Just off the coast of Virginia and North Carolina – there are offshore military training areas, proposed wind farms, and ever-increasing commercial shipping traffic – all in the middle of an endangered species migratory path. How should the United States rank the relative importance of defense readiness, sustainable energy resources, the nation’s economic health and the preservation of ocean ecosystems and marine resources? It is difficult – if not impossible - to prioritize these coastal zone activities and their importance to our nation. It is all interconnected; they all matter.
Amongst U.S. military, public and private sector stakeholders, and in the commercial ocean users and conservation communities a common theme related to marine activity is emerging – there is a call for a joint mapping platform, or “ocean atlas,” to benefit United States national security, economic, and environmental interests.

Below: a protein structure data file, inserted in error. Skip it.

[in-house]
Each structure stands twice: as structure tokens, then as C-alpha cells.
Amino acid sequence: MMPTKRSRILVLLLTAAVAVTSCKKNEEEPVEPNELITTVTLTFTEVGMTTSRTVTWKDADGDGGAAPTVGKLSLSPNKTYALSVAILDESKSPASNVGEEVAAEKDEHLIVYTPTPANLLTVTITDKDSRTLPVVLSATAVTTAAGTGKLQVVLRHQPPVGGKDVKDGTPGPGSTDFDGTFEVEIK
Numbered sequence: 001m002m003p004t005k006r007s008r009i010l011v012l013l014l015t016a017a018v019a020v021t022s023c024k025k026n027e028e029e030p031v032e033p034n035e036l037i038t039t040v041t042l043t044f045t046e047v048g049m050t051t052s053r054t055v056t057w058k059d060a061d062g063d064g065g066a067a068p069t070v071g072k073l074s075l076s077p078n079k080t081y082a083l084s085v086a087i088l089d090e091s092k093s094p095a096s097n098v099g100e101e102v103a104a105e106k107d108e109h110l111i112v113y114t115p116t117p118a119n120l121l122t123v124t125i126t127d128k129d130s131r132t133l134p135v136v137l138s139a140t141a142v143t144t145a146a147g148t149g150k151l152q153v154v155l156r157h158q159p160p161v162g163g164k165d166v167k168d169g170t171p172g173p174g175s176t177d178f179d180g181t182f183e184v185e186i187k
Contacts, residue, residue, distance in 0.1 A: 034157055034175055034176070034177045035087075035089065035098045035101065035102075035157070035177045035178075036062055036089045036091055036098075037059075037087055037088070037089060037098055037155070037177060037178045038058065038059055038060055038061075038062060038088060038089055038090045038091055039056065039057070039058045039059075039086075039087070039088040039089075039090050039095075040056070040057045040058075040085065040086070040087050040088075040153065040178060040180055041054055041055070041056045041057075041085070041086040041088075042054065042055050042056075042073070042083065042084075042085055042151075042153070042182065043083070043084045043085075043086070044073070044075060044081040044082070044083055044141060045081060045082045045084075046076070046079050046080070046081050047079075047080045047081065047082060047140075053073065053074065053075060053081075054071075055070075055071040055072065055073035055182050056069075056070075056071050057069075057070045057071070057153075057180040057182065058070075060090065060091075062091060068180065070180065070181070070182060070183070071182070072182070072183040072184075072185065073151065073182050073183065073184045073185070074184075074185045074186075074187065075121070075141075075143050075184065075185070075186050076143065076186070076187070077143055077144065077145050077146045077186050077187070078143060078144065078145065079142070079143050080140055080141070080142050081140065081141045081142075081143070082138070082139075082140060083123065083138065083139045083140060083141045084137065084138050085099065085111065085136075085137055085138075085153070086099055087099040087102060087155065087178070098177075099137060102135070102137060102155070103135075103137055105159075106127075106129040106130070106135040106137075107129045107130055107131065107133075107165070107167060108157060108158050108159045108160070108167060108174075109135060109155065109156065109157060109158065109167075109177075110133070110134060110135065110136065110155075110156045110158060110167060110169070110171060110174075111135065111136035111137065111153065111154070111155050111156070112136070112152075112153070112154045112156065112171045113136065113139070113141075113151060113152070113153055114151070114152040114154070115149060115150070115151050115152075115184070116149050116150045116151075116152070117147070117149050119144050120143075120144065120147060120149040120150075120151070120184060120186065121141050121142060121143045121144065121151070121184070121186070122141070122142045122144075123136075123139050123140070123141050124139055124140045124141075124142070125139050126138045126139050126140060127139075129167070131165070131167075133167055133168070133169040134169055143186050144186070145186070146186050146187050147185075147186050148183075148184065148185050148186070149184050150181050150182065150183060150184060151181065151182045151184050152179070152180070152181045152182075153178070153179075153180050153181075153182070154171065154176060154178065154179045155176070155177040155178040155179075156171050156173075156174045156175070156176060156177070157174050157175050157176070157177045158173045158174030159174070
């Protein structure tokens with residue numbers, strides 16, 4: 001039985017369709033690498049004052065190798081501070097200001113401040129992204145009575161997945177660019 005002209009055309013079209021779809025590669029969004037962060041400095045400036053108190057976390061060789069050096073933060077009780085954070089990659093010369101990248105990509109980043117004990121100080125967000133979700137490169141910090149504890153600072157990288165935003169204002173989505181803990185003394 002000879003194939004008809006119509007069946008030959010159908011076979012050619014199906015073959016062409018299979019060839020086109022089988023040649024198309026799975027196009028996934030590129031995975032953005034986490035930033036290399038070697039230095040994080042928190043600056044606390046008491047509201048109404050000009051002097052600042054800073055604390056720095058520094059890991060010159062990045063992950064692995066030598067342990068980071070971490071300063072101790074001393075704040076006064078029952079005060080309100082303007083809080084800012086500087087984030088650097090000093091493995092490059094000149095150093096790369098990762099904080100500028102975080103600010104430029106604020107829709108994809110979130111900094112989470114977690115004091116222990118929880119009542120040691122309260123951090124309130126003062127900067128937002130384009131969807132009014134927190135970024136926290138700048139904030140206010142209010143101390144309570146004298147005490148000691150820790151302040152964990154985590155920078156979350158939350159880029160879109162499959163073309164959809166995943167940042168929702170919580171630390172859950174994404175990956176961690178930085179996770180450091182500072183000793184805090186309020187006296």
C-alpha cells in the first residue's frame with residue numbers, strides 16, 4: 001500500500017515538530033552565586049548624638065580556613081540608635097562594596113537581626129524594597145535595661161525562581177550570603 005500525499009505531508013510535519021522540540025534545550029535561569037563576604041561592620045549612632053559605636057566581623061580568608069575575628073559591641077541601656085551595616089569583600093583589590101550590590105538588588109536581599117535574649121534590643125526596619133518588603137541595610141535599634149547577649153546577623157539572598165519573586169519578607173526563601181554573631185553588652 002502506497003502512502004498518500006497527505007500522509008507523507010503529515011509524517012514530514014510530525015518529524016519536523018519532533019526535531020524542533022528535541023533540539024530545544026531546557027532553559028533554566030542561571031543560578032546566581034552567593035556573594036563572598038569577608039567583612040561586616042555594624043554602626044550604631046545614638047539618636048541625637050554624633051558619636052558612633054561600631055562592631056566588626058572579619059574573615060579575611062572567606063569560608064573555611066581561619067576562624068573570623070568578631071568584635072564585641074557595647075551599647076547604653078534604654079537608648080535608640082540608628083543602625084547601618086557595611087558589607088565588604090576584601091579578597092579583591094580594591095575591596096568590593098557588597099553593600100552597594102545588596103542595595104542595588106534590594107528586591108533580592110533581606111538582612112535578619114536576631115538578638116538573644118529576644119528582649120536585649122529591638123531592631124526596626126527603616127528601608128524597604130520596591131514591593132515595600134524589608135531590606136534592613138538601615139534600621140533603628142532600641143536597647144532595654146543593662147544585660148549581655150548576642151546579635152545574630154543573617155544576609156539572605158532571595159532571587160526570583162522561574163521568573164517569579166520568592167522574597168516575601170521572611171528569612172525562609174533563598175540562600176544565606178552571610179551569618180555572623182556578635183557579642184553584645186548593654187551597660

There is no Google Earth or similar “big data” initiative to incorporate all ocean and coastal zone uses for public consumption. The diverse communities and sectors active in coastal zones appear willing, even eager, to collaborate and see this work accomplished. Creation of a multi-sector ocean atlas would require collaboration among a variety of ocean users to share data. However there is no one federal agency or private entity currently collecting all uses of the ocean to integrate all available data layers.
CNAS’ current study of the coastal zone and competing demands by multiple users through extensive workshops and interviews, it has become clear that the time is now to support an integrated joint ocean mapping platform concurrent with the National Ocean Council’s direction toward comprehensive national ocean planning.
In the coming months, CNAS will publish a policy brief to educate national leaders about the need for a collaborative, big data project to chart coastal zone activity. We will also engage the military, civilian leaders and civil society about strategies for realizing this vision to synthesize the ocean’s “big data.”